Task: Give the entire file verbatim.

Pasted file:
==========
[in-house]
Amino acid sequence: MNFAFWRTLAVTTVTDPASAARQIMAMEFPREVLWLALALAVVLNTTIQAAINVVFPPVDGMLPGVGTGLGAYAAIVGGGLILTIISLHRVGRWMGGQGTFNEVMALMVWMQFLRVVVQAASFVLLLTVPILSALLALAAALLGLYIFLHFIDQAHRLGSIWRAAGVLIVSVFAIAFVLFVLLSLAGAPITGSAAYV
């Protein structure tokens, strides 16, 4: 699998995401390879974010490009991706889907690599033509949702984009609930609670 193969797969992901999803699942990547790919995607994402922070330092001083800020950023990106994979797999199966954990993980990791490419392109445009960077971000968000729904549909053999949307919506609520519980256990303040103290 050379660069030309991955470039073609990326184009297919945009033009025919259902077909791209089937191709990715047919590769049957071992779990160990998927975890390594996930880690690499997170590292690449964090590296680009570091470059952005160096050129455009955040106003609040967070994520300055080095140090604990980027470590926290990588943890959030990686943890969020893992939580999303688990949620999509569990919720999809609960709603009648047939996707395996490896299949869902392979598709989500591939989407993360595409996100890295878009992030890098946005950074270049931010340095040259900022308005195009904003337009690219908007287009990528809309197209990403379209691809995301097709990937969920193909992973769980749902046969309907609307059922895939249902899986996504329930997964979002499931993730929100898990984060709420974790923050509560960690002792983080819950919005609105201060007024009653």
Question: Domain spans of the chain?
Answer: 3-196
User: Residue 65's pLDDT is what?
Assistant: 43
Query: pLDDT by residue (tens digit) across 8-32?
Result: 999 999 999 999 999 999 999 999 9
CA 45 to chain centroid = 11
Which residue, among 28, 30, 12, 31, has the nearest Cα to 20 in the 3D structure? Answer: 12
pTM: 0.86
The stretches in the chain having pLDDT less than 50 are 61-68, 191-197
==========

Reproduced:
[in-house]
Amino acid sequence: MNFAFWRTLAVTTVTDPASAARQIMAMEFPREVLWLALALAVVLNTTIQAAINVVFPPVDGMLPGVGTGLGAYAAIVGGGLILTIISLHRVGRWMGGQGTFNEVMALMVWMQFLRVVVQAASFVLLLTVPILSALLALAAALLGLYIFLHFIDQAHRLGSIWRAAGVLIVSVFAIAFVLFVLLSLAGAPITGSAAYV
């Protein structure tokens, strides 16, 4: 699998995401390879974010490009991706889907690599033509949702984009609930609670 193969797969992901999803699942990547790919995607994402922070330092001083800020950023990106994979797999199966954990993980990791490419392109445009960077971000968000729904549909053999949307919506609520519980256990303040103290 050379660069030309991955470039073609990326184009297919945009033009025919259902077909791209089937191709990715047919590769049957071992779990160990998927975890390594996930880690690499997170590292690449964090590296680009570091470059952005160096050129455009955040106003609040967070994520300055080095140090604990980027470590926290990588943890959030990686943890969020893992939580999303688990949620999509569990919720999809609960709603009648047939996707395996490896299949869902392979598709989500591939989407993360595409996100890295878009992030890098946005950074270049931010340095040259900022308005195009904003337009690219908007287009990528809309197209990403379209691809995301097709990937969920193909992973769980749902046969309907609307059922895939249902899986996504329930997964979002499931993730929100898990984060709420974790923050509560960690002792983080819950919005609105201060007024009653």
Question: Domain spans of the chain?
Answer: 3-196
User: Residue 65's pLDDT is what?
Assistant: 43
Query: pLDDT by residue (tens digit) across 8-32?
Result: 999 999 999 999 999 999 999 999 9
CA 45 to chain centroid = 11
Which residue, among 28, 30, 12, 31, has the nearest Cα to 20 in the 3D structure? Answer: 12
pTM: 0.86
The stretches in the chain having pLDDT less than 50 are 61-68, 191-197